Directed by Josef von Sternberg
Written by Jules Furthman
The love story is a timeless, tried and true, seen it before classic that will never get old. Guy meets gal, or vice versa, and the power of love changes their lives and they live happily ever after. It’s a beautiful thing. It is one of the oldest stories in the book, and as such many films have been made about love, including during the silent era, which brings me to the film I want to talk about: The Docks of New York. This is a film, and a director, I would have never come across had it not been for the prodding of the Filmspotting Forum. But like almost every suggestion from such an oasis for film enthusiasts amidst the dog eat dog world of internet conversation, The Docks of New York is a film I am glad to have seen, even if it does not shoot up my all time list.
Bill Roberts (George Bancroft) is a hard working coal stoker on a ship and as such he has seen much of the world when his boat comes into port, albeit mostly for one night at a time. When his steamer comes in to New York Harbor, he and his friend set out to have a good time for the night before having to return to sea the following morning. But Bill finds a woman (Betty Compson) in the harbor, trying to commit suicide. So he saves her, and makes sure she is okay. The two soon find much in common with their downtrodden lives and form a friendship, which leads to an off hand marriage proposal, which seems like a new beginning for the woman, but just another fun night for Bill Roberts. But when morning breaks, and ill’s actions from the night before take their toll, the supposed love of the couple weighs heavily on the mind and future of Mr. Roberts.
I love a nice love story, and this one is just that. It takes your typical hardworking, yet underappreciated, man with little vertical opportunity in life and brings him together with the suicidal dame with nothing to live for, until she meets Mr. Right. Damsel in distress is played upon and even the nice ending wraps it up in a nice bow. As a much earlier film in history, I can forgive it it’s obvious choices, but that also means that the little twists that occur along the way are that much more endearing. Bill Roberts may be the type of guy who seems like he might marry on a whim and walk out the next morning, but this also feels like the type of story that would not end like that. So the two parts come together nicely and create a fun cat and mouse game between Roberts and the girl, who clearly sees this marriage as the opportunity to turn her life around.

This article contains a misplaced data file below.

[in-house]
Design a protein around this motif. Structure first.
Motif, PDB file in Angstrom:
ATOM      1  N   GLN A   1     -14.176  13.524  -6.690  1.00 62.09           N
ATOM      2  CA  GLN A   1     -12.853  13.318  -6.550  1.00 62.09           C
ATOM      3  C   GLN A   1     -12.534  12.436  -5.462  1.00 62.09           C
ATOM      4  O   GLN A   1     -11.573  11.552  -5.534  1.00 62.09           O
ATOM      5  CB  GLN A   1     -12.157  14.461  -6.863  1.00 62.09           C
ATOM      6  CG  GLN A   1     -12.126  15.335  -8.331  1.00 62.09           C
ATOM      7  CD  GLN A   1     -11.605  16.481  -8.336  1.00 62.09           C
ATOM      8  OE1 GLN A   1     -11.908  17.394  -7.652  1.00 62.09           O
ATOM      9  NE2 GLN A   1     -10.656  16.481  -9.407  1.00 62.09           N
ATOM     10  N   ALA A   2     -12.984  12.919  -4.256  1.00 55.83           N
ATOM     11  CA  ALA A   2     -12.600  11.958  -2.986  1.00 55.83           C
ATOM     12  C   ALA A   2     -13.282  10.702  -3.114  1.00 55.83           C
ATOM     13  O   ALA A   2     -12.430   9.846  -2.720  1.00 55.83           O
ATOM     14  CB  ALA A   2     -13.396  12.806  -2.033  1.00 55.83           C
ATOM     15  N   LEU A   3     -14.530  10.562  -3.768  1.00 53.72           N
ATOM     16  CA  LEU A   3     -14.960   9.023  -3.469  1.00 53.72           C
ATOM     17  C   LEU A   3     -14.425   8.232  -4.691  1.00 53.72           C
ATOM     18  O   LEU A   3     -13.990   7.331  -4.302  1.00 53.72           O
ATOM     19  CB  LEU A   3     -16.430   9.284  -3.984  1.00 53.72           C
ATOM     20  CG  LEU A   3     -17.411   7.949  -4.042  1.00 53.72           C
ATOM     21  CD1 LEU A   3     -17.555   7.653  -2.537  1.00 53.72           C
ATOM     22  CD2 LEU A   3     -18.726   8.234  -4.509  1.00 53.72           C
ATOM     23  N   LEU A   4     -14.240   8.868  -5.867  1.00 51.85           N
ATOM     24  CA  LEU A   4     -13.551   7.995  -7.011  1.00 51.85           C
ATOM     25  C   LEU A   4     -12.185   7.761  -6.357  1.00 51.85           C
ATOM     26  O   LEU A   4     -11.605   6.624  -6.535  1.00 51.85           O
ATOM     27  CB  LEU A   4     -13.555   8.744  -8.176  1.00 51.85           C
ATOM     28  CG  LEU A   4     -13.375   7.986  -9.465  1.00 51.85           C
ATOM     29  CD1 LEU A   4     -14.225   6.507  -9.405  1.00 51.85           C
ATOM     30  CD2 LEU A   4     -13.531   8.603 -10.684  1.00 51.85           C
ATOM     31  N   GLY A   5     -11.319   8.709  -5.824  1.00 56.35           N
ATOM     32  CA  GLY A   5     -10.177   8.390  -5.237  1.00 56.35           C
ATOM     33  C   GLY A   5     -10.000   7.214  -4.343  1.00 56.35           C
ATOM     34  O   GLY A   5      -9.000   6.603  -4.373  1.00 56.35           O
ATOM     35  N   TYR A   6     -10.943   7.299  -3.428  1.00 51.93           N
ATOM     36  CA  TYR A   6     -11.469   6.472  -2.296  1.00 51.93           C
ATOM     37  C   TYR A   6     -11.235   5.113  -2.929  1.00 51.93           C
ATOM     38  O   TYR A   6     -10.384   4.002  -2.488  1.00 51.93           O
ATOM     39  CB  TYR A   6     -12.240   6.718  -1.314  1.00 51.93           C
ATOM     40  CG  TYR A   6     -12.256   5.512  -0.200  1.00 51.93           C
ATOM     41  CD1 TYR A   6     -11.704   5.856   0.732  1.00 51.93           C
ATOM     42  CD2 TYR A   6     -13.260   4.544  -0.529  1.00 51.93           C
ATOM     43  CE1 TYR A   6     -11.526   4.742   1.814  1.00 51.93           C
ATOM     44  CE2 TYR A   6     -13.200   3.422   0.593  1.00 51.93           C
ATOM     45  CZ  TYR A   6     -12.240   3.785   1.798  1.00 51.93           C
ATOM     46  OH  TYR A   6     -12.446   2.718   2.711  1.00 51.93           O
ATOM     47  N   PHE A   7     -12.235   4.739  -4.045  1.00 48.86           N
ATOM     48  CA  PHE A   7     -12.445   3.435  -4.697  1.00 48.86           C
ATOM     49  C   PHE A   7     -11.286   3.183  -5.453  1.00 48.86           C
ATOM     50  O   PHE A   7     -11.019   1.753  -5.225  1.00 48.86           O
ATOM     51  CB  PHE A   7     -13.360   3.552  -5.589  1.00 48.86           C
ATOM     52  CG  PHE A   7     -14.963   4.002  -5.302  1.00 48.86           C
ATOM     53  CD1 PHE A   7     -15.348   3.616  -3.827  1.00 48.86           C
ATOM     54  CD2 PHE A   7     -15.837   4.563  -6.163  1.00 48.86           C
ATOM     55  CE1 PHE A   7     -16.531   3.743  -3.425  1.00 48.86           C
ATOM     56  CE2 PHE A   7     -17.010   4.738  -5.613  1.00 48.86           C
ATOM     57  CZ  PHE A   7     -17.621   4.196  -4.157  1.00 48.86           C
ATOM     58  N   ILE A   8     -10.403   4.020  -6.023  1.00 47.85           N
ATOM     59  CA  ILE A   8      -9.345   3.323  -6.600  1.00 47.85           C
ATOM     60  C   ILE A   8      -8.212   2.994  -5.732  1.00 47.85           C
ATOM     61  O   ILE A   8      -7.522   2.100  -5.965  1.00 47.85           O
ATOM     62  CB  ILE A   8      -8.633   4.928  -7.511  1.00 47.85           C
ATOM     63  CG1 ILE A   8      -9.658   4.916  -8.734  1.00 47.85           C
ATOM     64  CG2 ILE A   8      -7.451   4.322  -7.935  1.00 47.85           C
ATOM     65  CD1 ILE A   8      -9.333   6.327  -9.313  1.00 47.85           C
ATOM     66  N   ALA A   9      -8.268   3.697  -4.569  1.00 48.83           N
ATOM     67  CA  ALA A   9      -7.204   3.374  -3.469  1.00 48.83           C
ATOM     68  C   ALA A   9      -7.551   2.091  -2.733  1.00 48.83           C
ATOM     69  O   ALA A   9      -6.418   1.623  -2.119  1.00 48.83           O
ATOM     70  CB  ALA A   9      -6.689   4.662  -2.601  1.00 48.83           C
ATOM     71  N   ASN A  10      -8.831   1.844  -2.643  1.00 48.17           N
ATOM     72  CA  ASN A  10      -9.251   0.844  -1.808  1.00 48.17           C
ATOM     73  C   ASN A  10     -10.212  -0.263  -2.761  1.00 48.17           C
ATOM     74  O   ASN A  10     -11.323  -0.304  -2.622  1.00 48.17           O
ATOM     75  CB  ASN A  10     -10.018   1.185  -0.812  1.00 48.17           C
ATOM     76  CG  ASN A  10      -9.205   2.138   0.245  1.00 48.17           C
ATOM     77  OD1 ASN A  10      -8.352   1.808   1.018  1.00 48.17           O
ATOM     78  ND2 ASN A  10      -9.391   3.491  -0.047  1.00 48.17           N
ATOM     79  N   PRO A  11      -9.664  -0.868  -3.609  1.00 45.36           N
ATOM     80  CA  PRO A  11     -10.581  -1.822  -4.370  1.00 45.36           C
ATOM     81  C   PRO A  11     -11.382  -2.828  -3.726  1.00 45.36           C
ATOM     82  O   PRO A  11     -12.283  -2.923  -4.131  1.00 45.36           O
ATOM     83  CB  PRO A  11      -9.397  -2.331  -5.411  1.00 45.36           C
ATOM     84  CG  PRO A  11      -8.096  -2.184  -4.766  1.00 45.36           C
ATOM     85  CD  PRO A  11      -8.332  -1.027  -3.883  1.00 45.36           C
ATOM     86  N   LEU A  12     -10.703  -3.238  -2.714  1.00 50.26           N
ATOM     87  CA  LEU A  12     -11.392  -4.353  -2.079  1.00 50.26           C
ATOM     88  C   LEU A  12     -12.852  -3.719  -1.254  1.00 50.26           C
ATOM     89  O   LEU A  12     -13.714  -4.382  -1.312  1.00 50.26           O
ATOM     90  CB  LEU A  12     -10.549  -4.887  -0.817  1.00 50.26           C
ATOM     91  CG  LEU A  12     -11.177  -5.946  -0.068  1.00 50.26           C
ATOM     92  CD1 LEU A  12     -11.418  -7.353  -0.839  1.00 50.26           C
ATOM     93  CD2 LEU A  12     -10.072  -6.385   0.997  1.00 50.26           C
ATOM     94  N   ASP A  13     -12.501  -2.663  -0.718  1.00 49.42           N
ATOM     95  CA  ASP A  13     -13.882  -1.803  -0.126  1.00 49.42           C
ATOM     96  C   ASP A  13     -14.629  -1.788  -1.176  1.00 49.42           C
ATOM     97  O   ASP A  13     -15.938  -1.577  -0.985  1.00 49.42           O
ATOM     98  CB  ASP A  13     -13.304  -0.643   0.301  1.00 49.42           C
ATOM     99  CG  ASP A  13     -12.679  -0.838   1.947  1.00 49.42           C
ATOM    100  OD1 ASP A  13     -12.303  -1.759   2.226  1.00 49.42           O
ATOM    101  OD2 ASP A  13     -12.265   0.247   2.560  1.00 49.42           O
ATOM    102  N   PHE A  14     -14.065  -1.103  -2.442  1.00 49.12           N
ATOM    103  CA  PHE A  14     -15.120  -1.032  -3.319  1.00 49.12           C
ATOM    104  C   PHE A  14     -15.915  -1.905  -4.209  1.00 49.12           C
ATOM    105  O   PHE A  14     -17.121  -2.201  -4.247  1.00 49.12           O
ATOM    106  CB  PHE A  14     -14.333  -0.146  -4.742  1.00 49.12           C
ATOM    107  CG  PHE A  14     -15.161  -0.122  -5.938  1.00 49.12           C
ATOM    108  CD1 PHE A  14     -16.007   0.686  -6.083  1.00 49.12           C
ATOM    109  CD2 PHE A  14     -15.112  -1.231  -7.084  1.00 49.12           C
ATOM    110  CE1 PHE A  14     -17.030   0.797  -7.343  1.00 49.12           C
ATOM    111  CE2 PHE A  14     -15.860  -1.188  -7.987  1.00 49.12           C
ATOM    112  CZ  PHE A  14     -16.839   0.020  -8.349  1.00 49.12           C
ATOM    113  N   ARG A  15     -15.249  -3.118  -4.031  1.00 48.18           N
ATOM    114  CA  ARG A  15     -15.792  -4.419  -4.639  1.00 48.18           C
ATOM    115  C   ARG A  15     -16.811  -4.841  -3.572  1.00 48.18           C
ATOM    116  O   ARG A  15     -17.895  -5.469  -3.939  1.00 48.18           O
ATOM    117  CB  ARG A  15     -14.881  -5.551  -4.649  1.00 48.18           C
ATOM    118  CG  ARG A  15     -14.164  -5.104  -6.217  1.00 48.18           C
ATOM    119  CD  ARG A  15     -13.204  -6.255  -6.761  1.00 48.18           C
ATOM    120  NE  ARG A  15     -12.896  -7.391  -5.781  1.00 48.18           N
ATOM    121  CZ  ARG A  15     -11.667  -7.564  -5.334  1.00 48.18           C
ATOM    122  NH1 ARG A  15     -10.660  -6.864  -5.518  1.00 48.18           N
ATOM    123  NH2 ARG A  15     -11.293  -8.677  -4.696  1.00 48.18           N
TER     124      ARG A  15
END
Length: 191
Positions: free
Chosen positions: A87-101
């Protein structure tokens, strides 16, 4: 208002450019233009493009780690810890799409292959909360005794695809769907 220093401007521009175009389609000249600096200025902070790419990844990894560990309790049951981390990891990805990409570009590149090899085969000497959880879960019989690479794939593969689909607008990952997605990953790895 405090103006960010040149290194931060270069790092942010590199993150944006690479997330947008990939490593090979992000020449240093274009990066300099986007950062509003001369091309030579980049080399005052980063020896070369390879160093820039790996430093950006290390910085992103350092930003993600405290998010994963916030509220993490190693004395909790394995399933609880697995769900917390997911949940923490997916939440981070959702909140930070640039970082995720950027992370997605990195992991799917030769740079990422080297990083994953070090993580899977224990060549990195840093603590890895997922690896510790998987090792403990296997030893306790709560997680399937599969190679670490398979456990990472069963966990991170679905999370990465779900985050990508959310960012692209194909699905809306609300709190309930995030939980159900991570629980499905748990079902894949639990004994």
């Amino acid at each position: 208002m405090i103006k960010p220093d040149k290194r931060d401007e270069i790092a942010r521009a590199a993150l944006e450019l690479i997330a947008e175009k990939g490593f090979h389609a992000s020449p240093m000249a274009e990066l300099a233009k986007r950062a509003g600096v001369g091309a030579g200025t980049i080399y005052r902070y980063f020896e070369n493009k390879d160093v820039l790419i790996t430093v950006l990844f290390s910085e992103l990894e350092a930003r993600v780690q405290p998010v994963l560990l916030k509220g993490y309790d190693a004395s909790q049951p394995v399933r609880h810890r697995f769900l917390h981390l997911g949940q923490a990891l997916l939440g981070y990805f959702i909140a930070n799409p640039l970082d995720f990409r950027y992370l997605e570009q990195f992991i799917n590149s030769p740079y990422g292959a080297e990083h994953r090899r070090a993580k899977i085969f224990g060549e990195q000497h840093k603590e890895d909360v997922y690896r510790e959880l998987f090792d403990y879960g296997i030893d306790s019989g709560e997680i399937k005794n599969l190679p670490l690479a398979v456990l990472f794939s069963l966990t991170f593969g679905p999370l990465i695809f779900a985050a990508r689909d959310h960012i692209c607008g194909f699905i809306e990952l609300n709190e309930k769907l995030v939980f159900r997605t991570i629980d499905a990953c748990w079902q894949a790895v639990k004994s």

However, the film was rather bland for the most part. As I mentioned, the story is a bit on the nose, but beyond that, the acting and setting struggled to ever fully envelop me into the proceedings. Bancroft and Compson were fine, but did nothing to really pull me in and have me invested in the film more than on a surface basis. If anything, Compson was the one to watch because she seemed to have a more interesting inner struggle than a brute who happened to find love, yet still struggled to decide between it and his hard work and partying lifestyle. For a 20s era film the cinematography was nice, but the setting of the docks and the direction by von Sternberg never popped off the screen to me.
The Docks of New York is a film I enjoyed in the moment, but because it never really held much weight with me throughout, is also a film that is fairly forgettable once the film ends. I can’t say that it is a film that sticks out as one of the better silents I have seen. It does not have the visuals, or even the romantic flair of Sunrise, or the comedic genius of a Chaplin or Keaton. It does not have the suspense, thrill or grandeur of Metropolis or even Hitchcock’s The Lodger. However, The Docks of New York is a nice little romance which is worth checking out for fans of silent movies and love stories alike.